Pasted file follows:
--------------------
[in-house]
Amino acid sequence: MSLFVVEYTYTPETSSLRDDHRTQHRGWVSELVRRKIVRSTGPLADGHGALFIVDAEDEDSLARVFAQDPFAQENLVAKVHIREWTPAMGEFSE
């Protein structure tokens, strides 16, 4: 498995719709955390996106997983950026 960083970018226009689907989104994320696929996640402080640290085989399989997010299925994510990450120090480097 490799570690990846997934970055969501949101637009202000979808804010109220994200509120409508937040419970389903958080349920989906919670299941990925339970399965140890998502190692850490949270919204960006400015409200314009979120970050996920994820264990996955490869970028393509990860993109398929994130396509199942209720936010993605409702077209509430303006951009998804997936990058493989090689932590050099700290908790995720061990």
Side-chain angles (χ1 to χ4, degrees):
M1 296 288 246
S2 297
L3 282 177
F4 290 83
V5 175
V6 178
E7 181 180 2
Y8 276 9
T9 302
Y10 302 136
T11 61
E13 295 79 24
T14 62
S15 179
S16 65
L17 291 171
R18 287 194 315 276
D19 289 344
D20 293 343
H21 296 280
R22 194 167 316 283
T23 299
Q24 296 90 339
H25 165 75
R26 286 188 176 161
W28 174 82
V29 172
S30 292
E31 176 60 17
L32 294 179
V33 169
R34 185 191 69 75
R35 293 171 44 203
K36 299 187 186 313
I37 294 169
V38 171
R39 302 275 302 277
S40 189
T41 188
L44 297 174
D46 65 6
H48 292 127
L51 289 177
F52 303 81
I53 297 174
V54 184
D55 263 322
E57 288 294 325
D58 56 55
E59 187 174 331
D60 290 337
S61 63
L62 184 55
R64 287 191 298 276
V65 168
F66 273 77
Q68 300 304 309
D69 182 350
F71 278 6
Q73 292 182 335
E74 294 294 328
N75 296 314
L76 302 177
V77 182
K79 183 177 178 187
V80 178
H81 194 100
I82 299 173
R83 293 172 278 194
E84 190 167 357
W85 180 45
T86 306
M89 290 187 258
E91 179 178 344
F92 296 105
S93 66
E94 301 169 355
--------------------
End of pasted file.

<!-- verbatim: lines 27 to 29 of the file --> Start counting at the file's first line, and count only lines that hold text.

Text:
Q24 296 90 339
H25 165 75
R26 286 188 176 161